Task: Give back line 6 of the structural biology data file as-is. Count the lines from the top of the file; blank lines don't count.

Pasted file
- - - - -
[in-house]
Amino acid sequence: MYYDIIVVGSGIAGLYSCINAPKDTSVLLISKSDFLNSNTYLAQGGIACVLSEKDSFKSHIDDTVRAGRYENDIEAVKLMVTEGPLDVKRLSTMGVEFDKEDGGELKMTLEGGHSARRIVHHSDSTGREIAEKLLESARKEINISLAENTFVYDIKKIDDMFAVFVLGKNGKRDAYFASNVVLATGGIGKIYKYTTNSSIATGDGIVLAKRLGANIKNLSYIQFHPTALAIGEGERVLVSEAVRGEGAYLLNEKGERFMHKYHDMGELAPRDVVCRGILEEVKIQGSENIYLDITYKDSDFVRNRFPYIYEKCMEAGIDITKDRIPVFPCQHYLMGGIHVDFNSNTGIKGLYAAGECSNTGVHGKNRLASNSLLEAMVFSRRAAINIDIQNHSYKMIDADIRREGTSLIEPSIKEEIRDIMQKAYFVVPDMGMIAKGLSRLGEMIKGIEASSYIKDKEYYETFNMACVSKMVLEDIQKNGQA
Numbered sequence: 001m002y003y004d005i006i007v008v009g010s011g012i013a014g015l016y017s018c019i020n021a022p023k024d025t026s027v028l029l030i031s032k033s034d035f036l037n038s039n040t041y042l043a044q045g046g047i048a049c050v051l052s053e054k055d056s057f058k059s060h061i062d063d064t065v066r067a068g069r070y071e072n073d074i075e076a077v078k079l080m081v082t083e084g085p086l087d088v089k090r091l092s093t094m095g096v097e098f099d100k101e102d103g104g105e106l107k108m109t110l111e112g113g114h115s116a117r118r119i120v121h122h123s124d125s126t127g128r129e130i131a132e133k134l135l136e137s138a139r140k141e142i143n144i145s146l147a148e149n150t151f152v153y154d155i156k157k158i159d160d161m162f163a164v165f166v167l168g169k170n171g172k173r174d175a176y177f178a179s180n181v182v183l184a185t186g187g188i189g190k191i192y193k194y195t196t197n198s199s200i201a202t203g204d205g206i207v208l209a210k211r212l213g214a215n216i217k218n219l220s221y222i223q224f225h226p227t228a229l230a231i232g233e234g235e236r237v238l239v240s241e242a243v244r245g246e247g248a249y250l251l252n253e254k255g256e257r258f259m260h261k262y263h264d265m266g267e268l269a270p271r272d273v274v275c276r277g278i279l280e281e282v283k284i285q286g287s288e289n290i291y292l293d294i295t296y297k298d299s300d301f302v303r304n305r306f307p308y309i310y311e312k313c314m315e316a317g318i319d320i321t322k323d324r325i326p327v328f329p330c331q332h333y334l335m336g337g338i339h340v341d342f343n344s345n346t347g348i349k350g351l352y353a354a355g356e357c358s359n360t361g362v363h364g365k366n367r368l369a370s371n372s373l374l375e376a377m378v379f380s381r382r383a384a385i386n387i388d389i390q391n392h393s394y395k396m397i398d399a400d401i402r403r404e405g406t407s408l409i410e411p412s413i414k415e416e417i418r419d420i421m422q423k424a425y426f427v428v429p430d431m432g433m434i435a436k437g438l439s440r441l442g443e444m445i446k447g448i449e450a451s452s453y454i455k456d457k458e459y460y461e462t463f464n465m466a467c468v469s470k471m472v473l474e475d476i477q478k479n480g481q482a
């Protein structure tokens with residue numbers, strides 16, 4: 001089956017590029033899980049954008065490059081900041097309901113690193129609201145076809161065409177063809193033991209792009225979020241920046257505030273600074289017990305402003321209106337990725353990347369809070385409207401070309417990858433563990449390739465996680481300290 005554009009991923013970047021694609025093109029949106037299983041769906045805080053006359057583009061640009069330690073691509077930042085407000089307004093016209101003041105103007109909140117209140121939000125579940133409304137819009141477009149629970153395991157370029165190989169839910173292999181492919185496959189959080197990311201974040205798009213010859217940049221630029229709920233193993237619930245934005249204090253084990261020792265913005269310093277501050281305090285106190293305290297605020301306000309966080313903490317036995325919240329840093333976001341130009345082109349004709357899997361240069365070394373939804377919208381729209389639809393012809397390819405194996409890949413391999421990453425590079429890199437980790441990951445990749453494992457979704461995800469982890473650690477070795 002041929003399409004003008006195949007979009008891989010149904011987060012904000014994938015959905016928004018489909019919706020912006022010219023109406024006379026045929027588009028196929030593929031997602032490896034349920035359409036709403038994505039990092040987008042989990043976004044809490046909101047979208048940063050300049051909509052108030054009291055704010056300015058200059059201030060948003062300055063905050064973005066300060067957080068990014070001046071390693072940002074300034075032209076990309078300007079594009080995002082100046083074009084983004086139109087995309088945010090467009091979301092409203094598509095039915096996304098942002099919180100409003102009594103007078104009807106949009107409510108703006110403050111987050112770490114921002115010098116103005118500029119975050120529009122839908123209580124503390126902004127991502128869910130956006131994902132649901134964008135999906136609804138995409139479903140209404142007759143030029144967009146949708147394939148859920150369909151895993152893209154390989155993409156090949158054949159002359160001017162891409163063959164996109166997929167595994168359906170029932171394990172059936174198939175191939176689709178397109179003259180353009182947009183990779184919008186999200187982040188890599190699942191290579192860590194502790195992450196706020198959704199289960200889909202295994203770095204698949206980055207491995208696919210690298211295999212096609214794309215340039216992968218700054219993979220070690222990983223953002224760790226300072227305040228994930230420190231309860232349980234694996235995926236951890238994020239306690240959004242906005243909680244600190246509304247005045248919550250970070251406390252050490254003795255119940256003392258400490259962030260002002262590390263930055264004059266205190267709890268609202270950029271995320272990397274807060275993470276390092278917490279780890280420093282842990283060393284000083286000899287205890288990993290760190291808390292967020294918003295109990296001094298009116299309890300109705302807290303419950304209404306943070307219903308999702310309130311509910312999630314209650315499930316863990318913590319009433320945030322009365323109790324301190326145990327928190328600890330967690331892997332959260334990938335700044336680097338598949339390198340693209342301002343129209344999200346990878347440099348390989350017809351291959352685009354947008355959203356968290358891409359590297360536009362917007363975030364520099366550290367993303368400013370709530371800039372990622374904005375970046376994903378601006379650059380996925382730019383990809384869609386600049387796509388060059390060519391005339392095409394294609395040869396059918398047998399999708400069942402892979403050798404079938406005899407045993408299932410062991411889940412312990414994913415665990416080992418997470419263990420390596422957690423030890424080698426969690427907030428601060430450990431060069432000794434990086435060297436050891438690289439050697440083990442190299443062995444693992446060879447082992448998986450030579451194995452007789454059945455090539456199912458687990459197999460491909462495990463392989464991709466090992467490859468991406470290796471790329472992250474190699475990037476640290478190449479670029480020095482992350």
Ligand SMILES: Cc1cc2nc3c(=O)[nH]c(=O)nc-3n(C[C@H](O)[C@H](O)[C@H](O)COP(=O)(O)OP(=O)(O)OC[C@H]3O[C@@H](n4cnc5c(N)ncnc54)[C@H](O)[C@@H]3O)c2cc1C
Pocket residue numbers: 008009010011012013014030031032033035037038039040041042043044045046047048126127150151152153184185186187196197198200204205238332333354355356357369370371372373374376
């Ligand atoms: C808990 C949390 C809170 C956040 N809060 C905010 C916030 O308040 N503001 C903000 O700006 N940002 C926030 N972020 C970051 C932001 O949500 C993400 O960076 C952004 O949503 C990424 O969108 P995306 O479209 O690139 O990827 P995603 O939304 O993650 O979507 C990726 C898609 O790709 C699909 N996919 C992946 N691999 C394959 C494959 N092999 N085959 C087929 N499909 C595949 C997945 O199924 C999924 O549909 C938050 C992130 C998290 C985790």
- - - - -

Pocket residue numbers: 008009010011012013014030031032033035037038039040041042043044045046047048126127150151152153184185186187196197198200204205238332333354355356357369370371372373374376